Measurements and modelling of snow particle size and shortwave infrared albedo over a melting Antarctic ice sheet
- Finnish Meteorological Institute, Helsinki, Finland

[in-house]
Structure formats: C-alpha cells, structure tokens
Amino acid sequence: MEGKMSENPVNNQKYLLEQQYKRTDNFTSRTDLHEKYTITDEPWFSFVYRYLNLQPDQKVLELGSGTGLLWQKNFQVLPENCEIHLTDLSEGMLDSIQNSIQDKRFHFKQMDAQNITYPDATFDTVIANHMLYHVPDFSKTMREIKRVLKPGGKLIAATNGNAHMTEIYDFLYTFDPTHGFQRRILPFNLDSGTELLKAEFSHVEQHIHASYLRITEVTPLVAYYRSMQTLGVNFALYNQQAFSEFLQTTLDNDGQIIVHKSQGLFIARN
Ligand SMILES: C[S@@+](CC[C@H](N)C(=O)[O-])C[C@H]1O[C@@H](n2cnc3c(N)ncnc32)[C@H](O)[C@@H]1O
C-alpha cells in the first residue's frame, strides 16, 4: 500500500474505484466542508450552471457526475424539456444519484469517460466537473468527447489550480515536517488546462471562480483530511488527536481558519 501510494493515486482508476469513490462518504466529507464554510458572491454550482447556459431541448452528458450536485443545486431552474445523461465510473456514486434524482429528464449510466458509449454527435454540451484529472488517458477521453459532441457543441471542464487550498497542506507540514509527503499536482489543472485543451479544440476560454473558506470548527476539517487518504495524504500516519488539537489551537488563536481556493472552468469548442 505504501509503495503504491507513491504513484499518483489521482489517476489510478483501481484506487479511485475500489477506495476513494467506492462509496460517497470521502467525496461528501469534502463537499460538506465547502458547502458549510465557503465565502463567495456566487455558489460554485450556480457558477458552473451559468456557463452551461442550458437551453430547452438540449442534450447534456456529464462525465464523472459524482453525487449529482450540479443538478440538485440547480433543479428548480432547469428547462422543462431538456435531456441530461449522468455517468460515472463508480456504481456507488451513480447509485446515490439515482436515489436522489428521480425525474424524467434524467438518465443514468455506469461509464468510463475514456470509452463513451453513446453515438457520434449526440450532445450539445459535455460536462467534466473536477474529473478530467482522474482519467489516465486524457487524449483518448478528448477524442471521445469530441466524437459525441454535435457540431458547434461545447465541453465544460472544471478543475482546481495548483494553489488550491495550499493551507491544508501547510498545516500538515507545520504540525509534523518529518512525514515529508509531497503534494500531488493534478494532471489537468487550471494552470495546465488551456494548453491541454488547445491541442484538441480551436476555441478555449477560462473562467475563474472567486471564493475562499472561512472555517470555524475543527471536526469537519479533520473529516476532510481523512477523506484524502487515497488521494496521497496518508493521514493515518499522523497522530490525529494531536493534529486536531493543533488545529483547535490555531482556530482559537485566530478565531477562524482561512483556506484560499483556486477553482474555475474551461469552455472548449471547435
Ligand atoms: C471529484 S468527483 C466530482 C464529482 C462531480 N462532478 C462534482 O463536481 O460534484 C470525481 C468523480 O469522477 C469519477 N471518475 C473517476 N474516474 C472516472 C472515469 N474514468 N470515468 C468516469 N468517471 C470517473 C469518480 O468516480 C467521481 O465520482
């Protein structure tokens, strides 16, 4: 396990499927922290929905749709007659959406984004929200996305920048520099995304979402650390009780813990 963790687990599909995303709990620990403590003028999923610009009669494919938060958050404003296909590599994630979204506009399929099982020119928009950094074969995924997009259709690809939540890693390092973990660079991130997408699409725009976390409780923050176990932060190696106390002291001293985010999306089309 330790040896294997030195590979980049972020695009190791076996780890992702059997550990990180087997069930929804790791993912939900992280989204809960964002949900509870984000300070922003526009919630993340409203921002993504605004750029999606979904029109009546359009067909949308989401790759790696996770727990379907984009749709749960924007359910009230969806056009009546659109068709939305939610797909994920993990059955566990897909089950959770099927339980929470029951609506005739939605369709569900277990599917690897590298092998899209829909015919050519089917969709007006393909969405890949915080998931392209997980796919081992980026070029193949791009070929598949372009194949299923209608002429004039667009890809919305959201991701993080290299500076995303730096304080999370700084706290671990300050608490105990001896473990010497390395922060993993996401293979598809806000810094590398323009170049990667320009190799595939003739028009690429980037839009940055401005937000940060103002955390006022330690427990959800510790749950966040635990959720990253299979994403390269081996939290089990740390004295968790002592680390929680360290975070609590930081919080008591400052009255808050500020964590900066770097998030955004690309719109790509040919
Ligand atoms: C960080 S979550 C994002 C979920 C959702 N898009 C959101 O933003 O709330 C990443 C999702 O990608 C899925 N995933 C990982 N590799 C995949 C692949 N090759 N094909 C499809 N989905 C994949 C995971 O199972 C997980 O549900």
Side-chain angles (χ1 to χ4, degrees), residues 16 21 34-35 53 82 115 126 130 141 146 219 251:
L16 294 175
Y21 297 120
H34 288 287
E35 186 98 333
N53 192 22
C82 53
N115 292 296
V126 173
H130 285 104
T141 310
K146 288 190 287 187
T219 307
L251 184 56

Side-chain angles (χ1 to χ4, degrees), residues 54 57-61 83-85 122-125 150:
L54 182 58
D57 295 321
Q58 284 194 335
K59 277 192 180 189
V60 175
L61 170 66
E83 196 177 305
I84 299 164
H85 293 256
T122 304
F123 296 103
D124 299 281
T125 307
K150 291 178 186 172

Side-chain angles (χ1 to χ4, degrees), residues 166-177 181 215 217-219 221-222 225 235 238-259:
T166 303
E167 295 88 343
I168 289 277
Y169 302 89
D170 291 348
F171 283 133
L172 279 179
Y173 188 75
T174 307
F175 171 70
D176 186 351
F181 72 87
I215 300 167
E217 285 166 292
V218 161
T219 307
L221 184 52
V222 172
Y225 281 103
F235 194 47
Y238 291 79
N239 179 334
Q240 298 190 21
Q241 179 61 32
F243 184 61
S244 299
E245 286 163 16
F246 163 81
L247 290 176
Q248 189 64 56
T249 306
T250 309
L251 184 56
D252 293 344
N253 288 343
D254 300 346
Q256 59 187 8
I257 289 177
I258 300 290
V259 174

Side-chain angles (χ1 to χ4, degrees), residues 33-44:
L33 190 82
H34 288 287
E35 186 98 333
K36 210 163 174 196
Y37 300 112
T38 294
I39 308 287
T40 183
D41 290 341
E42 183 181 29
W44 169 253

Abstract. The albedo of a snowpack depends on the single-scattering properties of individual snow crystals, which have a variety of shapes and sizes, and are often bounded in clusters. From the point of view of optical modelling, it is essential to identify the geometric dimensions of the population of snow particles that synthesize the scattering properties of the snowpack surface. This involves challenges related to the complexity of modelling the radiative transfer in such an irregular medium, and to the difficulty of measuring microphysical snow properties. In this paper, we illustrate a method to measure the size distribution of a snow particle parameter, which roughly corresponds to the smallest snow particle dimension, from two-dimensional macro photos of snow particles taken in Antarctica at the surface layer of a melting ice sheet. We demonstrate that this snow particle metric corresponds well to the optically equivalent effective radius utilized in radiative transfer modelling, in particular when snow particles are modelled with the droxtal shape. The surface albedo modelled on the basis of the measured snow particle metric showed an excellent match with the observed albedo when there was fresh or drifted snow at the surface. In the other cases, a good match was present only for wavelengths longer than 1.4 μm. For shorter wavelengths, our modelled albedo generally overestimated the observations, in particular when surface hoar and faceted polycrystals were present at the surface and surface roughness was increased by millimetre-scale cavities generated during melting. Our results indicate that more than just one particle metric distribution is needed to characterize the snow scattering properties at all optical wavelengths, and suggest an impact of millimetre-scale surface roughness on the shortwave infrared albedo.